Biggest photo fest ever

Biggest photo fest ever

In your face or what? From a pictorial series titled Displaced: The Cambodian Diaspora – USA that will feature at this year's Angkor Photo Festival. Photo © Pete Pin / Magnum Foundation

The program preview for this year’s Angkor Photo Festival has been released, and the festival, now in its eighth edition, will be bigger with a record number of submissions and exhibitions.

The festival will be held from December 1- 8, and Jessica Lim, the festival’s Asia coordinator, is obviously upbeat about this year’s response.

She told Insider, “We had a really amazing response to our call for applications, receiving a record number of over 1,200 submissions. This year, the program will be showcasing more photographers, about 130 photographers from over 65 countries. That's a lot of amazing work to look at.”

But the increased showcasing of photographers will not come at the cost of the quality. Jessica added, “As always, our priority when planning for the festival is maintaining the quality of the program, ensuring that it remains cosy and accessible for as many photographers as possible, and that we serve out our objective of highlighting photographers from Asia.”

This year there’ll be an added emphasis on outdoor exhibitions, and the contributions from the popular Blowup program – a sort of photographic graffiti – will also be ramped up.

Jessica said, “The outdoor exhibitions that we're having this year will be rather spectacular. There will be more details to come about all of them, but for now, I can say the group show exhibition by Greenpeace is a massive story that is in production and will be shown for the first time at the festival.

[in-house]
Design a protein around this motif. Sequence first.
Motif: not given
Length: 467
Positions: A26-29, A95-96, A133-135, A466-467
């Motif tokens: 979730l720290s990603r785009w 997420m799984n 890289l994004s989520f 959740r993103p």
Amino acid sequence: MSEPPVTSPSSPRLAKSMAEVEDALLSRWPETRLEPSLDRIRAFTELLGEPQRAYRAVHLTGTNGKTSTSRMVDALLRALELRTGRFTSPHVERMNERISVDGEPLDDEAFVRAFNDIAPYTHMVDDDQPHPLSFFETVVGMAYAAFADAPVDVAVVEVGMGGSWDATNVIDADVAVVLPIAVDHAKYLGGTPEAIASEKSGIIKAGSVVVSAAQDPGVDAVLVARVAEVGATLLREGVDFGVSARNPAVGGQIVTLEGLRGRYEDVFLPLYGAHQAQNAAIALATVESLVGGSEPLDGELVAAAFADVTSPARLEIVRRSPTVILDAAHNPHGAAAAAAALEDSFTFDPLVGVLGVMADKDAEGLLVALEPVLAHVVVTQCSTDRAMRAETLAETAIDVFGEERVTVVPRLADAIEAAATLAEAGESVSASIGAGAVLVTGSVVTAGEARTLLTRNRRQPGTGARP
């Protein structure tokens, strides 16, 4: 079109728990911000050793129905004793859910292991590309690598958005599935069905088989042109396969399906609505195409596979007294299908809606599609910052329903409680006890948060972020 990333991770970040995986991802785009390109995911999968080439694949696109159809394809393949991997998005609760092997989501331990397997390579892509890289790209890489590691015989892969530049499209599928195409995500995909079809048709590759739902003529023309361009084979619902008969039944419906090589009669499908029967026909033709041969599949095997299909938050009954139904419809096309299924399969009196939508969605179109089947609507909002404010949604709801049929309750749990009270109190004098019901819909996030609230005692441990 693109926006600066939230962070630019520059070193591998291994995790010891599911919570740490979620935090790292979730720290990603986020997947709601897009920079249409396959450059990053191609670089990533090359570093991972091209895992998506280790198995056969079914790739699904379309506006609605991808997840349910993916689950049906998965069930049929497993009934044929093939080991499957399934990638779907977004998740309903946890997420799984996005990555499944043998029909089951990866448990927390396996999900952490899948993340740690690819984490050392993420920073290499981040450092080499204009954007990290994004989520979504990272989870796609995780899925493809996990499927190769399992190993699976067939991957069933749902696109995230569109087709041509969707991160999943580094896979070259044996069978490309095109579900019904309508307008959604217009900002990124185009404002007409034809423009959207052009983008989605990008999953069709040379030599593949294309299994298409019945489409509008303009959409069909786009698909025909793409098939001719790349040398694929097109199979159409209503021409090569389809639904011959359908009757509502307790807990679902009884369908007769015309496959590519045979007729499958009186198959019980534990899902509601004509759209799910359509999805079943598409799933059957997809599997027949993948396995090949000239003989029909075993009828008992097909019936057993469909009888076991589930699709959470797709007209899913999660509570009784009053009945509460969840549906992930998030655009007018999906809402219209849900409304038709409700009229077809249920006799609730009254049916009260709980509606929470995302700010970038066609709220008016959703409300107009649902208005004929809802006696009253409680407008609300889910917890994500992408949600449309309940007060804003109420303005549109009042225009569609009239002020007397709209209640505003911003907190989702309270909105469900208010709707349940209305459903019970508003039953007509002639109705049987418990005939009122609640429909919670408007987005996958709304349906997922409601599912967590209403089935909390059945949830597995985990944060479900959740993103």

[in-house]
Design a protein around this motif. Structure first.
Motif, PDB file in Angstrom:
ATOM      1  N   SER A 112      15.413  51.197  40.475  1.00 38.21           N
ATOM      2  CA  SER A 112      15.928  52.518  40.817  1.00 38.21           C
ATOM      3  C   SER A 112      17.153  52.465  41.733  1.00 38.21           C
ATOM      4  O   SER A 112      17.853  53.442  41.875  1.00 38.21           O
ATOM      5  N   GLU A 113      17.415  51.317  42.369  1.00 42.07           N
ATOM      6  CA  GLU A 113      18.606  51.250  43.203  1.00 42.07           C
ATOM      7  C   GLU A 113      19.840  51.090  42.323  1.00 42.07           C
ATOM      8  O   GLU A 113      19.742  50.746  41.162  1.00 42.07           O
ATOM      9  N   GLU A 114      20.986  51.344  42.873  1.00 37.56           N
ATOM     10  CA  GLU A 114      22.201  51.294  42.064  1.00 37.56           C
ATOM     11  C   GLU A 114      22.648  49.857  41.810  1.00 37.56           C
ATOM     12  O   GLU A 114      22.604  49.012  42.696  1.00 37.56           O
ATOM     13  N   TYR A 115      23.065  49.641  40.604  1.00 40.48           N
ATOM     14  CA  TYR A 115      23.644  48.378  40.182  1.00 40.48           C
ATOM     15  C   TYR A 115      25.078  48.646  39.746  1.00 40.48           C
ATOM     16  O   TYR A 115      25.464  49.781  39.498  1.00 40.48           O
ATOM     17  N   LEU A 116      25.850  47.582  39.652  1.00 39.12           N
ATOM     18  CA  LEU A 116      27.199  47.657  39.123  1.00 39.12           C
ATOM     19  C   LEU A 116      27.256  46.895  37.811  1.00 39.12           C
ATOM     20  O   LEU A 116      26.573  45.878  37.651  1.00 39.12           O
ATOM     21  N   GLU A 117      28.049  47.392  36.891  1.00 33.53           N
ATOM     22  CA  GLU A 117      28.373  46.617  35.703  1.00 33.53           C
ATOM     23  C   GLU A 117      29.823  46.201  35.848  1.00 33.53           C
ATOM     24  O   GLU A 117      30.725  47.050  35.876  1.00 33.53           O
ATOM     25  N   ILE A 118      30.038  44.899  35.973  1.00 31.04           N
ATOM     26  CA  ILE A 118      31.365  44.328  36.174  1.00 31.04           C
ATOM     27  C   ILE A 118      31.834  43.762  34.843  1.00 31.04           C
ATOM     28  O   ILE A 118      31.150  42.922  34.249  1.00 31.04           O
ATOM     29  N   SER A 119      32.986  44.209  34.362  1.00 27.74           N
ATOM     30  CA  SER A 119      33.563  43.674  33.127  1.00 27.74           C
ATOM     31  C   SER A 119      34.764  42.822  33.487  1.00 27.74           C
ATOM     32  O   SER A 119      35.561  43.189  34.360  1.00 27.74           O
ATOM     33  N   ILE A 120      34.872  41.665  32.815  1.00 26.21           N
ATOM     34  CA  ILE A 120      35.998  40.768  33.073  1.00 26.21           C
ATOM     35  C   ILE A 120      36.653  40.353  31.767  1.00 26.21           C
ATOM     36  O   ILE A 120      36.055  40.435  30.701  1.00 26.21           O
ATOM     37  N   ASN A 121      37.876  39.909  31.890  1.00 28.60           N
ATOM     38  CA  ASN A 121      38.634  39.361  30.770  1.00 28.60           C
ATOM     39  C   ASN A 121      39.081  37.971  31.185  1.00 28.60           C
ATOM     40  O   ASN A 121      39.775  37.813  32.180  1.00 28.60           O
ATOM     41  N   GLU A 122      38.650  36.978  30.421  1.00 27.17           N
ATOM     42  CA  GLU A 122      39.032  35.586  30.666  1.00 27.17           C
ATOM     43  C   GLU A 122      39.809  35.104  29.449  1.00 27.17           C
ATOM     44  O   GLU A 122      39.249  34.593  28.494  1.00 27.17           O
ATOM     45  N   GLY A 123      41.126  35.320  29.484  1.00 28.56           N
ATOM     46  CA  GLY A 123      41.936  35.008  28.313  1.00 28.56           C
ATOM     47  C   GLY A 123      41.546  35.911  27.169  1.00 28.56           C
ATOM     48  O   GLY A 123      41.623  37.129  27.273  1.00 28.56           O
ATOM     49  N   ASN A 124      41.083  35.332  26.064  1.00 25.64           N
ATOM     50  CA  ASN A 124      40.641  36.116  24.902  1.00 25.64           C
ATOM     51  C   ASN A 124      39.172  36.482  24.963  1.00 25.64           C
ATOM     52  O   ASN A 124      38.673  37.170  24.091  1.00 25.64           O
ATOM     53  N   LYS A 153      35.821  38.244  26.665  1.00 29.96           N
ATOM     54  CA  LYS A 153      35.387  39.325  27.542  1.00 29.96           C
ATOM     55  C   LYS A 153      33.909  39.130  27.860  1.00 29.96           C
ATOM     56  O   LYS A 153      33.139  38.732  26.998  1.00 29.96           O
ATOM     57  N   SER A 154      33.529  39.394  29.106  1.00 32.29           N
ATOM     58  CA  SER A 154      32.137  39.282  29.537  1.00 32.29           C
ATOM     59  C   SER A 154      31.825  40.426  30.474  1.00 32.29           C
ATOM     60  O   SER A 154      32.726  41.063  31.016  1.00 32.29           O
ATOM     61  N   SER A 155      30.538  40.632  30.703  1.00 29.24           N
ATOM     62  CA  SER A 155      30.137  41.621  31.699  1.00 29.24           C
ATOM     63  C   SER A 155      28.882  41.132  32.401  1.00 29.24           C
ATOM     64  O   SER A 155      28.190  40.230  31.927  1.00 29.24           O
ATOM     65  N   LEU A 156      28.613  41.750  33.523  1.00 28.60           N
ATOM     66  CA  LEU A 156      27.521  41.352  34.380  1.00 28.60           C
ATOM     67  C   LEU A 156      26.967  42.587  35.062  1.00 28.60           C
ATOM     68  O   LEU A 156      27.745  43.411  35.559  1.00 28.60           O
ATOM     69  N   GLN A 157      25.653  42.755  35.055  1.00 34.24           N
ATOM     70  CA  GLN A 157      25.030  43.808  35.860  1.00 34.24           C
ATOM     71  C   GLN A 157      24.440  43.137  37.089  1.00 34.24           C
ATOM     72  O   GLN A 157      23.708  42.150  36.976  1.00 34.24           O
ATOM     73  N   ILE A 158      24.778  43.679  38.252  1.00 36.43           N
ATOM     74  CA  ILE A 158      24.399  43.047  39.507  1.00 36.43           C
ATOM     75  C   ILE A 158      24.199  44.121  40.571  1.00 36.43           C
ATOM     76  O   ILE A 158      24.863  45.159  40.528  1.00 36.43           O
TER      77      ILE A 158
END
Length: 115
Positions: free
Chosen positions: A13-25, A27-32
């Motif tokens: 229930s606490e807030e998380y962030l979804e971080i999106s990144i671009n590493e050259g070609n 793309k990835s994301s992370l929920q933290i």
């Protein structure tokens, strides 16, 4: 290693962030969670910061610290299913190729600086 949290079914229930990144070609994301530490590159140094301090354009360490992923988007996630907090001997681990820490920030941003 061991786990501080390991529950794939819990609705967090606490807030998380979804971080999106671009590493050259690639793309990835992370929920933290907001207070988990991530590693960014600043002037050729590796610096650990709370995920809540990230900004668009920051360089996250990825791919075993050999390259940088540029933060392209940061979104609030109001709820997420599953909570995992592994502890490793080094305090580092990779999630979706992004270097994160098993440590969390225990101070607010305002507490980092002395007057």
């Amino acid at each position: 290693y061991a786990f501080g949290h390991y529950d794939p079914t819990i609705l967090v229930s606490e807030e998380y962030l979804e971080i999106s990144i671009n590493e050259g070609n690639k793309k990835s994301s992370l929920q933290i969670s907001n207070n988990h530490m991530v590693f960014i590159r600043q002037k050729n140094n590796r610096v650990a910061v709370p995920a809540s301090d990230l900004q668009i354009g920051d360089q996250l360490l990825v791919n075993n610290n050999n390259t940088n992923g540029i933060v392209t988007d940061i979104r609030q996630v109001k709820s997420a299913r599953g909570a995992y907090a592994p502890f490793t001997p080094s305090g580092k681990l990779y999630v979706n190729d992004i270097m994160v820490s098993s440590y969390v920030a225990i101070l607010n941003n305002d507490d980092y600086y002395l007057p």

“Our local outreach activities are also having a revamp.  Blowup Angkor this year will be more mobile, more accessible, and while I can't give more details now as we are in the planning stage, I can say we will be using technology to really bring photography to the masses.”

Jessica also gave an insight into new developments that give her a buzz.

“Personally, I'm looking forward to Andri Tambunan's exhibition. Since he won the inaugural 2011 Reminders Project Asian Photographers Grant last year, he has been working really hard on his winning project, documenting the AIDS/HIV epidemic in Papua, Indonesia. One year later, it is going to be really interesting to see what he has accomplished. It is really great for us that we've been able to be involved in some way in this project, from the start to the end.

“Also, I'm really keen to see the group shows that we're going to have. Group shows have a different energy, and it is always great to see one that is curated well.  Japanese photographers are becoming more exposed now, and the Tanto Tempo Cafe Gallery from Japan is putting together Labyrinth, a rather unique exhibition of six Japanese photographers. Another one would be Birthmark on the Map, a collaborative project by a blog community from Russia, which aims to capture everyday life in Russian provinces.”

Siem Reap Insider will be running regular festival updates in the coming weeks.

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